Well, the thing that came across to me was that it can only be performed with the tympany set up here and the pianos were set up here and everything was laid out on this chart. The actual movement which I was arranging was well laid out to the number of bars and the whole thing was in `Rondo` form so in arranging this I had to adhere strictly to the rules. I didn`t want to adulterate his music in any way.

Is the version you`ve arranged very different to his own version?

There are reasons why all of it has not been used. There are various repeats which I`ve missed out and in some cases I`ve done repeats where he hasn`t. This was done because for the stage version I would be playing it on the organ and for various things to be audible I had to do this. There was a hassle there because he`s written it for piano and the piano has a far greater octave range than the organ so things had to be altered that way round.
Eventually we got the whole thing together as I`d done with Aaron Copland`s “Hoe-Down” I sent a tape to Copland (I`d not met him personally because I was out of the country) this time I wrote a letter to Ginastera and sent it care of Boosey and Hawkes the Publishers. They read the letter and said that they understood that I wanted it doing very quickly and they thought it would be much quicker for me to go and see him.
The next day I was off the plane with Stewart Young, armed with a tape recording and met Ginastera and I was quite nervous about meeting the guy face to face and playing his music to him. I had dinner with him and he was quite familiar with this electronic equipment because he`d worked in Argentina on these things and after dinner we got him to play the music. He couldn`t quite believe his ears at the start of it and then listening to it the second time through he said that it was fantastic, you captured the essence of my music.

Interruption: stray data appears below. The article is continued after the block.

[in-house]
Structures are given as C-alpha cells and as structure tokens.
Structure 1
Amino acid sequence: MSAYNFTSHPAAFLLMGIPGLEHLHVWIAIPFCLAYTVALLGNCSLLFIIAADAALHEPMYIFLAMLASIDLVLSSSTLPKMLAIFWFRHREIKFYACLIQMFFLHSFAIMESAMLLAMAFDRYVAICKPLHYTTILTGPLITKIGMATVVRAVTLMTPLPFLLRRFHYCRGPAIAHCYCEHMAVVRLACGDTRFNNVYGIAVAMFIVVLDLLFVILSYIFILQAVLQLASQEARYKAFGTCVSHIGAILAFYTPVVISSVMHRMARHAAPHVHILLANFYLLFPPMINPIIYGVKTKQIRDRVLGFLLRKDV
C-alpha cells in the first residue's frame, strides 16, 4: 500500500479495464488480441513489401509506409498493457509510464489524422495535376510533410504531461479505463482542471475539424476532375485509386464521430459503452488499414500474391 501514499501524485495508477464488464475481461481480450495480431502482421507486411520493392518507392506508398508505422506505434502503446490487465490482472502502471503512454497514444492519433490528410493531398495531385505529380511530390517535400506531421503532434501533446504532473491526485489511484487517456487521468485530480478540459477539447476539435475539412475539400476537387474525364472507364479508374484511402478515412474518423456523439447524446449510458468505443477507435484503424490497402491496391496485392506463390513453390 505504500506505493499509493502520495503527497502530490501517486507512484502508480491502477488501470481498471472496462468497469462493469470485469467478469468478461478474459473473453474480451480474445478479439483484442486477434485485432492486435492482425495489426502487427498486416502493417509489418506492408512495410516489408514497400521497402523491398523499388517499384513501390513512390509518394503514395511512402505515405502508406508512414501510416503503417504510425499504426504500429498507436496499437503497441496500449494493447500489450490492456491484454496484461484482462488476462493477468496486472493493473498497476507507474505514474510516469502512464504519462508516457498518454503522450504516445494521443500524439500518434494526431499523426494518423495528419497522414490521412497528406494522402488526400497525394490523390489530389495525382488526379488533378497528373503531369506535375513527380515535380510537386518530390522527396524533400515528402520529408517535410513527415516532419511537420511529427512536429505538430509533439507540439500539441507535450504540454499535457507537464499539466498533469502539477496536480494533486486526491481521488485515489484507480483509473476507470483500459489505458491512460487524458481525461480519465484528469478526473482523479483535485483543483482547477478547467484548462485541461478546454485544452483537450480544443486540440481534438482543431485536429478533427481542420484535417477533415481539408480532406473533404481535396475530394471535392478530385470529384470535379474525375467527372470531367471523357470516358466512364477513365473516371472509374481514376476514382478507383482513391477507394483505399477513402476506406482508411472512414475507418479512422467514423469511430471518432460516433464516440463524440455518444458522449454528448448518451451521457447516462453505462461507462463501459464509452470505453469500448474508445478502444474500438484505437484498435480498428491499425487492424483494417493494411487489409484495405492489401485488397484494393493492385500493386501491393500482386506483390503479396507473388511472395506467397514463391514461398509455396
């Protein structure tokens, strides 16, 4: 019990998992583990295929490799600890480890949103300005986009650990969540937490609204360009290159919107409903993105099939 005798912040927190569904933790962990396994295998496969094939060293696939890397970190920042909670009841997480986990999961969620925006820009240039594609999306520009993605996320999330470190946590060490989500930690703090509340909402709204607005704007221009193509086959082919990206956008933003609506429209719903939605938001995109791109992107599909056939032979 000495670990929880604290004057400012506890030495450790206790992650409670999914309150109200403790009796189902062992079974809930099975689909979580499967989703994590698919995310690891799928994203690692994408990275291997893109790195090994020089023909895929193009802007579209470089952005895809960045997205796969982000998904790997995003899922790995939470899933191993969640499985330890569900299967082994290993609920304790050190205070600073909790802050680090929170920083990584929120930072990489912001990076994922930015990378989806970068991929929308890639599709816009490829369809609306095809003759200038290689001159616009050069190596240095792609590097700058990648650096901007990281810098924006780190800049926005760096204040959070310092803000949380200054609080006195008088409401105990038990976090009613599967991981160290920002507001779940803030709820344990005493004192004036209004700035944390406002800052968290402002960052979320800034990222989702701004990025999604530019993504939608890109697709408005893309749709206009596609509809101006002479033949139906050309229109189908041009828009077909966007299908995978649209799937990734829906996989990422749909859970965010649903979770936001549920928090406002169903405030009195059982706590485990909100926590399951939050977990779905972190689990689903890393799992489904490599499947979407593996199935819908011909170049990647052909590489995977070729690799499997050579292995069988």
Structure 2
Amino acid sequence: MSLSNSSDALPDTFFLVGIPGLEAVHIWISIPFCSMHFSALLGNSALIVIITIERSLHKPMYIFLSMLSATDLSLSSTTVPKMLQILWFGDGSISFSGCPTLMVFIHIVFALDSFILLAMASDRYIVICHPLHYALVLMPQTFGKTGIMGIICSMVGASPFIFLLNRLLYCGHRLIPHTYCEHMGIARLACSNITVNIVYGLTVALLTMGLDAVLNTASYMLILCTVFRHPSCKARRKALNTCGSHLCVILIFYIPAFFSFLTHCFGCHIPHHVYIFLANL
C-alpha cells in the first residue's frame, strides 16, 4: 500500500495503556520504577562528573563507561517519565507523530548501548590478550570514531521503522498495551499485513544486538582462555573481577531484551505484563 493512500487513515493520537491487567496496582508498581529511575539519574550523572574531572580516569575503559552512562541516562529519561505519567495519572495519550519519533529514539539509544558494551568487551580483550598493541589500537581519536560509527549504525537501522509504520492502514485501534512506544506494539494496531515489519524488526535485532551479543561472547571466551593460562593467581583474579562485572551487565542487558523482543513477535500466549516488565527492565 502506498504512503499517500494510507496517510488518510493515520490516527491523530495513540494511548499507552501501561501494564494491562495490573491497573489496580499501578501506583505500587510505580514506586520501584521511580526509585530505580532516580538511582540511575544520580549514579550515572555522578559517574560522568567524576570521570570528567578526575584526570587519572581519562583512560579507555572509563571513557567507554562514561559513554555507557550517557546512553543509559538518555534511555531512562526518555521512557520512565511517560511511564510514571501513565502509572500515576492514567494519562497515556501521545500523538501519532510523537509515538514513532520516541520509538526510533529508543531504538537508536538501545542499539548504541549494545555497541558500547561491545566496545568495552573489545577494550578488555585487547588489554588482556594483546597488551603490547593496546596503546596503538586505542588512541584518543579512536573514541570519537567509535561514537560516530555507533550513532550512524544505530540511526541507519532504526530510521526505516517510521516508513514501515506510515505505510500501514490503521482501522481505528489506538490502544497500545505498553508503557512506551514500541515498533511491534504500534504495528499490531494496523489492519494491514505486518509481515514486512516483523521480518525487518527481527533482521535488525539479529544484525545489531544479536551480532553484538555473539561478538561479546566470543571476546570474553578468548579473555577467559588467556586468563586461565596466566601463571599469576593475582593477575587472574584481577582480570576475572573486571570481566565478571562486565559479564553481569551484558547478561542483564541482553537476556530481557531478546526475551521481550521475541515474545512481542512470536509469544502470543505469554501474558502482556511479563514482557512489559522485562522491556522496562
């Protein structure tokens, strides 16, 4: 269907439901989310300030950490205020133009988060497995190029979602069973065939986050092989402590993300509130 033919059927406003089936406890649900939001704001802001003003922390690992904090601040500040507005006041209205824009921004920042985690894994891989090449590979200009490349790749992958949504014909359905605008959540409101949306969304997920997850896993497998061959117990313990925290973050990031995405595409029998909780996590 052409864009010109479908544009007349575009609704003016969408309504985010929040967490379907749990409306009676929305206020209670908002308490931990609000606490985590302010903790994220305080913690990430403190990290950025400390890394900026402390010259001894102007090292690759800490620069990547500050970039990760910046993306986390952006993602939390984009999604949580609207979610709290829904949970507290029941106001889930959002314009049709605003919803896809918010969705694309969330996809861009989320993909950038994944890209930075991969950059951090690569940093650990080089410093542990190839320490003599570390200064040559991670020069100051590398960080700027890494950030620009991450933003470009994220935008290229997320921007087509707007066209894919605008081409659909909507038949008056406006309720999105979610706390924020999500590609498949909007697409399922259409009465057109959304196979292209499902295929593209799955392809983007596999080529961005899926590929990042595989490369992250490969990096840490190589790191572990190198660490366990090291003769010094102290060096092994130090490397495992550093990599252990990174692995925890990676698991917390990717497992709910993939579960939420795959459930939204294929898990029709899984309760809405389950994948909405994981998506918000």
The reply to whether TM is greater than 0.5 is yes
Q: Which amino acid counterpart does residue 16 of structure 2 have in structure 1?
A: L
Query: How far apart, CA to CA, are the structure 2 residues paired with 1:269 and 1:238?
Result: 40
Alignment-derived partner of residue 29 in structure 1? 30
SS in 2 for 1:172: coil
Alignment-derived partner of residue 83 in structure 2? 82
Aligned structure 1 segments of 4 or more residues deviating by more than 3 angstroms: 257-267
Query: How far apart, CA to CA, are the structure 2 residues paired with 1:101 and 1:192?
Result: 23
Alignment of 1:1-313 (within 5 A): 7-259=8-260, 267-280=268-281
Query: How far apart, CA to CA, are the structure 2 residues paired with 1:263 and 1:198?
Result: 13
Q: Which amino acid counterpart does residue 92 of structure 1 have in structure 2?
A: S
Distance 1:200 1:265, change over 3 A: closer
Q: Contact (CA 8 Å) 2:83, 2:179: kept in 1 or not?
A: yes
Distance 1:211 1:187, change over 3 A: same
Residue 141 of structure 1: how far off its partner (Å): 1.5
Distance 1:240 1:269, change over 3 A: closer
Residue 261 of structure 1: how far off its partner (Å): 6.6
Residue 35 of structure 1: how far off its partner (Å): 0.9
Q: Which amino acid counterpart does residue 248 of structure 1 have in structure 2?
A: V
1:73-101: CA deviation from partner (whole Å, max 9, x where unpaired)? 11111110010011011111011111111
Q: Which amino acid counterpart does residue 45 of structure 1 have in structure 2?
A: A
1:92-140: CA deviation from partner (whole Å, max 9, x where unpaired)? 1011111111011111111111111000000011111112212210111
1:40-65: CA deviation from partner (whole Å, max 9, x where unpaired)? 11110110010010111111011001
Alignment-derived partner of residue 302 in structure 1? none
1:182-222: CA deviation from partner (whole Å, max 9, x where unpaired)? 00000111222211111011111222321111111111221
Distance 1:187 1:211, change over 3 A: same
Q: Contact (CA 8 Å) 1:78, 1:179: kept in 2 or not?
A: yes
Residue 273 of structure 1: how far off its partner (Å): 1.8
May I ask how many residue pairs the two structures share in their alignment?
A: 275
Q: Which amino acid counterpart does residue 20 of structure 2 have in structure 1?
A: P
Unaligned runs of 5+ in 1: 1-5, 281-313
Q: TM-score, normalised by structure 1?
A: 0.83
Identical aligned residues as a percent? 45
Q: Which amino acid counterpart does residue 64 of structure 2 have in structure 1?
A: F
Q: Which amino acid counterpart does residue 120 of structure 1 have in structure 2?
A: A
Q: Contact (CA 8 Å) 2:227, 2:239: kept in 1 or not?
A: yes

I flew back to England and I was over the moon and I told the rest of the guys what had happened and they were knocked out. In the early days of the band we were sometimes referred to as a classical rock band and my reasons playing classical music are that when I write a piece of music (and it can take six months to do it) it`s a refreshing change to play a different piece of music. I have a liking for classical music as much as I have a liking for jazz but it is refreshing to play something that somebody else has written and in my experience people have usually related that to earlier recordings.
As far as my own writing is concerned I think I can modestly say that it`s completely my own without any direct link or even a snatch from anything else which is classical. One example which made me slightly up tight was that when we were in America I heard one of our Baleros played over the radio at the end of which the D.J. said that it was Ravel`s Balero assuming that because I happened to call this piece of music a Balero he assumed that it was Ravel`s Balero. But on reference, if you compere the two there`s a different harmonic structure with mine and different time, signature, everything is totally different.

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Is the band wholly satisfying for you?